When it has religious aspirations and becomes an altar cloth.
Here, friends, is my little home altar.
It's an Indonesian chest I found in a shop in the neighborhood. I liked it because a) the brass bits to the right and left of the lock escutcheon resemble Dharma wheels and b) it was reduced for quick sale.
On it, left to right, are a bowl gong and striker, the Buddha, a figure of Kannon (the embodiment of compassion), an incense burner and (in the back, peeking around the burner) a Daruma doll dedicated to the completion of a certain task which for now shall remain unspoken.
The whole of this is tucked into a niche I created by shifting one of my bookcases to another part of the living room. On the wall, I hang Japanese scrolls that change about every month or so.
When I'd finally hunted down the bowl gong and checked off all the items on my wish list, I decided I needed one more thing. Something of my own, something I'd made. I considered casting a figure of Manjushri, the Bodhisattva of Clear Thinking, but it turns out the terms of my lease prohibit iron smelting. So I decided to knit an altar cloth.
I could build a fort in the middle of the living room with all the stitch dictionaries on my shelves, but ultimately the pattern I chose was from that nice Cheryl Oberle's Folk Shawls. In my stash there was most of the skein of Dale Baby Ull that made Istvan's paws, and when I swatched it using the motif Cheryl cooked up for the Kimono Shawl I knew I had a winner.
This was a fun knit. The pattern is very simple, and after one full repeat I worked from memory. The fabric flowed off the needles.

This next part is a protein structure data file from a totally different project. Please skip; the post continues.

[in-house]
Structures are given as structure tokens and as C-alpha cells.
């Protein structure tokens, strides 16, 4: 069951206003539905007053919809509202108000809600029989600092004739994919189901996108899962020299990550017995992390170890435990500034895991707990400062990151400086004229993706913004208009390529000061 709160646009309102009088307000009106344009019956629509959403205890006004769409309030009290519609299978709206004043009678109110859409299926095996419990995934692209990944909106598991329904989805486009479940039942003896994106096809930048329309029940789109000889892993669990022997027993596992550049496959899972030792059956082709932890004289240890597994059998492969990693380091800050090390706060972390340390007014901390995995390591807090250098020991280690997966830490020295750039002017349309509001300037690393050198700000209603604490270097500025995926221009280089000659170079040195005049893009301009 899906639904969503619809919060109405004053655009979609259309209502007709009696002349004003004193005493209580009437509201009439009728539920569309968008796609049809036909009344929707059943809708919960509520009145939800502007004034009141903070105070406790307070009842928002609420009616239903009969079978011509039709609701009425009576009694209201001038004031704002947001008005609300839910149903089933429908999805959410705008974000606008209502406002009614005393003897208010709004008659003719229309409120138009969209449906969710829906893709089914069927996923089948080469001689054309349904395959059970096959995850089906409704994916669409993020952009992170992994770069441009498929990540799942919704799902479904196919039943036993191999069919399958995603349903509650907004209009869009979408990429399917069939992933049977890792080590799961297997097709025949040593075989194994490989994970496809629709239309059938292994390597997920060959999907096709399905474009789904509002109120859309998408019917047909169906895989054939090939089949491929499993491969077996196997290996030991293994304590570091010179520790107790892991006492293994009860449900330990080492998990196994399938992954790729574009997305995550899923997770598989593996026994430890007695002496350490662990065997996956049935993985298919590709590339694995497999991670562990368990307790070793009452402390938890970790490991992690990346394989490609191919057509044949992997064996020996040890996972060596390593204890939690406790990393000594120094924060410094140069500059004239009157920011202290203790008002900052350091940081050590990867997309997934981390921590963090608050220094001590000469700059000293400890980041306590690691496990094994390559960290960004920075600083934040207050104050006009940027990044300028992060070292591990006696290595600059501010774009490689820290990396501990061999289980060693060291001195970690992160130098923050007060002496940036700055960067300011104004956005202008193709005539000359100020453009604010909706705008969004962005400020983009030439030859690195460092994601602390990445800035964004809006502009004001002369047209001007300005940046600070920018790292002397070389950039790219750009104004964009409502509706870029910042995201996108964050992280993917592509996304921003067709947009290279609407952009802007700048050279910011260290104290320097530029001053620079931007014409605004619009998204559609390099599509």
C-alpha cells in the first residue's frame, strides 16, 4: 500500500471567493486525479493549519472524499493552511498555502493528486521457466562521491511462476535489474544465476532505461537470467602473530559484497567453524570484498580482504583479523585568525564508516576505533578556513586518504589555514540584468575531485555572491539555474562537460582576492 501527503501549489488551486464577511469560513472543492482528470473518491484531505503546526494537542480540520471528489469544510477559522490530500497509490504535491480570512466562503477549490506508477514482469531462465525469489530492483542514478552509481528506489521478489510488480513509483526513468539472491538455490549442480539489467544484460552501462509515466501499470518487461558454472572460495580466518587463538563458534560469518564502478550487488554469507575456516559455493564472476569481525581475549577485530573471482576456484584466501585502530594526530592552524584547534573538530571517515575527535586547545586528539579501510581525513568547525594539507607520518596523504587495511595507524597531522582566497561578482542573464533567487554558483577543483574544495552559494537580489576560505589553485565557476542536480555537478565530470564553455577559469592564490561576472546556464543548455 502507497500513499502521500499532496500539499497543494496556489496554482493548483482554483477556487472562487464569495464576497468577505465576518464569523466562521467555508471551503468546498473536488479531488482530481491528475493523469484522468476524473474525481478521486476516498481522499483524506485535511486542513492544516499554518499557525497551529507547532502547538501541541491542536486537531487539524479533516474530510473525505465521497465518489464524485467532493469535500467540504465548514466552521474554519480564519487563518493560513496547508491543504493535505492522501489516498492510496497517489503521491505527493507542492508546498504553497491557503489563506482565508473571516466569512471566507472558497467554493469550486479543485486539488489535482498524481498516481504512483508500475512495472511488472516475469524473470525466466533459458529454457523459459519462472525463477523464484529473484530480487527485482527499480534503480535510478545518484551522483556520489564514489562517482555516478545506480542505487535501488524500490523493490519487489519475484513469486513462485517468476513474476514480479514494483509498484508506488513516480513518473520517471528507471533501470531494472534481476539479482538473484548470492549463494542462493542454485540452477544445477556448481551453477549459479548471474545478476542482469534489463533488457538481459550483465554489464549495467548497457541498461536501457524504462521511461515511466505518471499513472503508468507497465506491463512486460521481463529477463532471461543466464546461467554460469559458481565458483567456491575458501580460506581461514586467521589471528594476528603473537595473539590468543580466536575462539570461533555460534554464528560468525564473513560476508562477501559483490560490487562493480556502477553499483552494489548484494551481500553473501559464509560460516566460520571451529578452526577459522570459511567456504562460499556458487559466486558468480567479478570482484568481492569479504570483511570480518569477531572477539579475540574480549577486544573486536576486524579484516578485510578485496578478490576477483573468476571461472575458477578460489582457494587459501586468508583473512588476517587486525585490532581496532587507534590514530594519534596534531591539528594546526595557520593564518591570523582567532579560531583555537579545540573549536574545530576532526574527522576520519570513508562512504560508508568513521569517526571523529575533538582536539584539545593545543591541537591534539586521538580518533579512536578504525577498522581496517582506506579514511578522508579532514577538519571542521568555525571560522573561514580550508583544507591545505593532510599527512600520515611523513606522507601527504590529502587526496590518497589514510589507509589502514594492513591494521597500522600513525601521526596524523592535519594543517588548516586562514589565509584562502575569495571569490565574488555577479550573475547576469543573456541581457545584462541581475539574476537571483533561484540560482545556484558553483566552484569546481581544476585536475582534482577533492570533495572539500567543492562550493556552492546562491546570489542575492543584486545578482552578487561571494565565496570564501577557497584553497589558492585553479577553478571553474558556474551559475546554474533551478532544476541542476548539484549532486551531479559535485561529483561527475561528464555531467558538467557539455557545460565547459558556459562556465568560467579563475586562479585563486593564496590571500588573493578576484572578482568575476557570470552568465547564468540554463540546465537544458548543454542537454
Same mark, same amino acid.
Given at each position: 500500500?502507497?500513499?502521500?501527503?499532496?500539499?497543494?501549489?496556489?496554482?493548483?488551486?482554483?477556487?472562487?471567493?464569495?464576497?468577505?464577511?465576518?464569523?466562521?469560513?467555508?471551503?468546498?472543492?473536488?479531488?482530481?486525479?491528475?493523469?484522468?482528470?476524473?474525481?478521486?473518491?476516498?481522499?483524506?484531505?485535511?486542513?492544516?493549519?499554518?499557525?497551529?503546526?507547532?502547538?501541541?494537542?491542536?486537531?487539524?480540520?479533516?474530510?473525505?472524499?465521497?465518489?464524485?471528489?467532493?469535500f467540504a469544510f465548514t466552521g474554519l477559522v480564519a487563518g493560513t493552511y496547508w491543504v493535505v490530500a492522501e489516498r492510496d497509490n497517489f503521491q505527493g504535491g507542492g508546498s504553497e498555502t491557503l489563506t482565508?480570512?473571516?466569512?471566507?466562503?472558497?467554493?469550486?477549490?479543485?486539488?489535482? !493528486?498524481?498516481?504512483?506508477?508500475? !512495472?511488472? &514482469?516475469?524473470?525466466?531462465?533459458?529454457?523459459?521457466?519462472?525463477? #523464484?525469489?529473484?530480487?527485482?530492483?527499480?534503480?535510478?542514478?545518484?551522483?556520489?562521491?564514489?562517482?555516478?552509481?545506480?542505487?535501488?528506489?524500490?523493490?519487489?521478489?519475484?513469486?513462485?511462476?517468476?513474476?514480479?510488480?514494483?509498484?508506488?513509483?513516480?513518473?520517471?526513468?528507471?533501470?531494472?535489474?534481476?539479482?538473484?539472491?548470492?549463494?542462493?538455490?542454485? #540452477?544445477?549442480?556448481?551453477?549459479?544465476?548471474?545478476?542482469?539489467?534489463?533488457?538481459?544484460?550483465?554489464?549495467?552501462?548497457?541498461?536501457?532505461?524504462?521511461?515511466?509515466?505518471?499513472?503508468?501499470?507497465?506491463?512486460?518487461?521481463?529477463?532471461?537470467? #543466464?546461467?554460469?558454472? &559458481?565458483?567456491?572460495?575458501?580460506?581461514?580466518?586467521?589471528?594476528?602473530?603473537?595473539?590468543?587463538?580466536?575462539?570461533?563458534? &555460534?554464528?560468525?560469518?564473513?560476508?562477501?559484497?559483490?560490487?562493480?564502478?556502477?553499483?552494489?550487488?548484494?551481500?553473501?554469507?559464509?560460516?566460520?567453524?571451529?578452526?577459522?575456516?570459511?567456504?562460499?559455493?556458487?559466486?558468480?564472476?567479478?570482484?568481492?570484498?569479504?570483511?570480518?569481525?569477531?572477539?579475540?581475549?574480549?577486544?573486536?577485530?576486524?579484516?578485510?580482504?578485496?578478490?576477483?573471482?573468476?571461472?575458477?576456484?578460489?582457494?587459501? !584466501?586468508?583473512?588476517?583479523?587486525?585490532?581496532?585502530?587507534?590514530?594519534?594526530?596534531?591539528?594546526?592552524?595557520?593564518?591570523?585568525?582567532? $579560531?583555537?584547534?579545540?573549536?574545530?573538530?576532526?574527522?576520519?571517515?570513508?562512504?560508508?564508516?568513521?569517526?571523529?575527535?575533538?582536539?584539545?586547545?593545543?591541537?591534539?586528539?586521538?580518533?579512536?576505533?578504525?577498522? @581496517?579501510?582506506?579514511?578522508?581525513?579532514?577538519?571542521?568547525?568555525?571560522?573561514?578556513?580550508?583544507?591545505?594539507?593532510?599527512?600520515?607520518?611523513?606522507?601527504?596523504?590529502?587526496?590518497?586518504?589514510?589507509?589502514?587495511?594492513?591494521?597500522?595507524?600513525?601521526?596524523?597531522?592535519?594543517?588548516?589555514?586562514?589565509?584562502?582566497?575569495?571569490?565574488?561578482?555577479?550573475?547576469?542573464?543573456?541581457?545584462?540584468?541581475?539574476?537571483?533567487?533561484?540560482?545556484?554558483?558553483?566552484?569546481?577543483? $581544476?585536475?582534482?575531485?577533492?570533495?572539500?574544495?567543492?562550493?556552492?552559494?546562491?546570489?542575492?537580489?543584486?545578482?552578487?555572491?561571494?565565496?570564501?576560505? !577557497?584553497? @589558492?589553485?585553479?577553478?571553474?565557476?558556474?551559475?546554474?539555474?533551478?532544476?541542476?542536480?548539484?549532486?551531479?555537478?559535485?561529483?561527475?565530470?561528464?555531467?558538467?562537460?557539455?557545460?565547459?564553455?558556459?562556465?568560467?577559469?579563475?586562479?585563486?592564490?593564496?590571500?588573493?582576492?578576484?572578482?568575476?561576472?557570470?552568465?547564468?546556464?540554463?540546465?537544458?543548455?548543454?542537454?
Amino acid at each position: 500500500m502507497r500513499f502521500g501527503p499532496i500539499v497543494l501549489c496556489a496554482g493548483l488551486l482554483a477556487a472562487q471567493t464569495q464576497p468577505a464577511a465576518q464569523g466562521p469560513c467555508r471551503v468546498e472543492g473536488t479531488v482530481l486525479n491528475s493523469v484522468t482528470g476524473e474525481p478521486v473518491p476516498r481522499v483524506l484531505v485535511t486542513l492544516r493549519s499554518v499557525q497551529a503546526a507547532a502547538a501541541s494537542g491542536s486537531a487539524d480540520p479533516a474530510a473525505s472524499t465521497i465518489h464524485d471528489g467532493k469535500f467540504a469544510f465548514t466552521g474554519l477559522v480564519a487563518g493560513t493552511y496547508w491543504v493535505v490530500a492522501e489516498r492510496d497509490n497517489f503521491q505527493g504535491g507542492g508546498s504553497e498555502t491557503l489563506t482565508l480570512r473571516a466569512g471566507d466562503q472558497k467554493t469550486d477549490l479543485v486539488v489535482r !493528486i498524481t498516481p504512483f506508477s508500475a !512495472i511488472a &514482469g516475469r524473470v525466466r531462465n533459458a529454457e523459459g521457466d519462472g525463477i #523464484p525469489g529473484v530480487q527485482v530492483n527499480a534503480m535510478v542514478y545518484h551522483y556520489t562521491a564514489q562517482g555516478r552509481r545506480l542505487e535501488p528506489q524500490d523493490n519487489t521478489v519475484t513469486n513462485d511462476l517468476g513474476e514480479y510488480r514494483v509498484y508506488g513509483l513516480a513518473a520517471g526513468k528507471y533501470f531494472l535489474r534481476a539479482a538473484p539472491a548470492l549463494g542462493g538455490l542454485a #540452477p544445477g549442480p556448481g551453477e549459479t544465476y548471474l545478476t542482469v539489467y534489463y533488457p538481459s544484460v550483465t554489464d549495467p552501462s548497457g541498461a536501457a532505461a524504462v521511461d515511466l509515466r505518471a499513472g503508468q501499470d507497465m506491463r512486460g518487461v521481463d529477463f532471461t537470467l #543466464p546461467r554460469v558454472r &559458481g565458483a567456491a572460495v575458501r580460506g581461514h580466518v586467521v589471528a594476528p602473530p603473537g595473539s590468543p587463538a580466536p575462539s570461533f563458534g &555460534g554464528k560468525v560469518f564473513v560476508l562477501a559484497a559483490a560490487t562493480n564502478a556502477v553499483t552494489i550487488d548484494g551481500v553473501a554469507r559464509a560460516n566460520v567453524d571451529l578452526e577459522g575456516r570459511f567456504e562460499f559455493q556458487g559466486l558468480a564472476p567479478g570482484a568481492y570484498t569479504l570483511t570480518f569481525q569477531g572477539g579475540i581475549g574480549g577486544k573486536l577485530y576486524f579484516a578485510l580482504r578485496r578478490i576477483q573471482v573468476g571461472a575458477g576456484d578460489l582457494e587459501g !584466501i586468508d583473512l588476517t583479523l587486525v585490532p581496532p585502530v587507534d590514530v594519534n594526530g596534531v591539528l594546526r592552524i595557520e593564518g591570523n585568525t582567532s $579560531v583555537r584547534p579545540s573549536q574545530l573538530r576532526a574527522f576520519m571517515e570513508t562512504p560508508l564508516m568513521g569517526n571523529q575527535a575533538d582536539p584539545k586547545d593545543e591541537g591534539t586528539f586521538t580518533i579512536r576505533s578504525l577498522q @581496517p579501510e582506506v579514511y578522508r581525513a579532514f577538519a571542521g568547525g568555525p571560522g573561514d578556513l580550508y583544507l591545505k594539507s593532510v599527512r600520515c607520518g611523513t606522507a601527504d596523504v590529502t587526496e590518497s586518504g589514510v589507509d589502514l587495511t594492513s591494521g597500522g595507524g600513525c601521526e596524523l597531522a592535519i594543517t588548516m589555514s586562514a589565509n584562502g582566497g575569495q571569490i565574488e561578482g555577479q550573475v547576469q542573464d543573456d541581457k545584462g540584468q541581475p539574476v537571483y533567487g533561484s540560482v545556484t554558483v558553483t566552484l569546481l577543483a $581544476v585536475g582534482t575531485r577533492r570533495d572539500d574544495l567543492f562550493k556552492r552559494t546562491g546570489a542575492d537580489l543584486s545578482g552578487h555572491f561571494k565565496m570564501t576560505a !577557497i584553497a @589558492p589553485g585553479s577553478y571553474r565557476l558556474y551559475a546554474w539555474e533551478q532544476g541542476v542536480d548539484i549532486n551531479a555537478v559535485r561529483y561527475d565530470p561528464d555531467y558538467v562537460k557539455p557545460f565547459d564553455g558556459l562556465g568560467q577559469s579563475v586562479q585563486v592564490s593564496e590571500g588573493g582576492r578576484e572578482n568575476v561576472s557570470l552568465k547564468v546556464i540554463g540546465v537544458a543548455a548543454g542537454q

(In the background, please to admire the lovely stitch marker, one of a pair made and given to me by the one and only Rabbitch.)
The cloth conveniently reached its full extent as the skein ran out, and I was left with the usual shriveled fungus that is unblocked lace.
After stretching it until it screamed for mercy, I have an altar cloth that is almost what I wanted.
The stitch pattern and yarn, I like.
If you want to try lace but it scares you, give the Kimono Shawl a try. This motif is only about eight stitches by fifteen rows or so. In return for rather easy work you get a striking fabric with interest not only from the yarn overs, but also from the texture lent by the lines of the increases and decreases. Lotta bang for your buck.
What makes me grit my teeth in a most un-Zenlike fashion is those frigging wavy edges. I'm not an experienced blocker and I couldn't figure out how to pin out a good rectangle. I'll have another go after I've done some research.
Or maybe I'll just tell people I wanted it to look like that.
Sleeping in the Zendo
While we're on the subject of Zen practice, Ted asked (twice) what happens if somebody falls asleep during a round of meditation in the zendo.
I'm still new at this, so I can only tell you what I've experienced.
The first is: nothing. We actually had somebody nod off during a Sunday sitting a couple of weeks ago and start to snore gently. This went on for a minute or so and then the fellow woke himself up. One of the clever things about the standard zazen postures is that they are inherently stable: you can drift off and not topple over immediately.
Or, it may be (I've also seen this) that the monitor, who faces the room and keeps things on course, will go over and give the sleeper a gentle shake.
That's it. Nothing too dramatic. There's an old saw about Zen practioners being smacked with a stick when they doze off. Not true. There's a stick, yes–it's called the kyosaku–but (contrary to popular belief) it's not used in a punitive fashion.
I prefer to save that kind of thing for other occasions, thank you very much.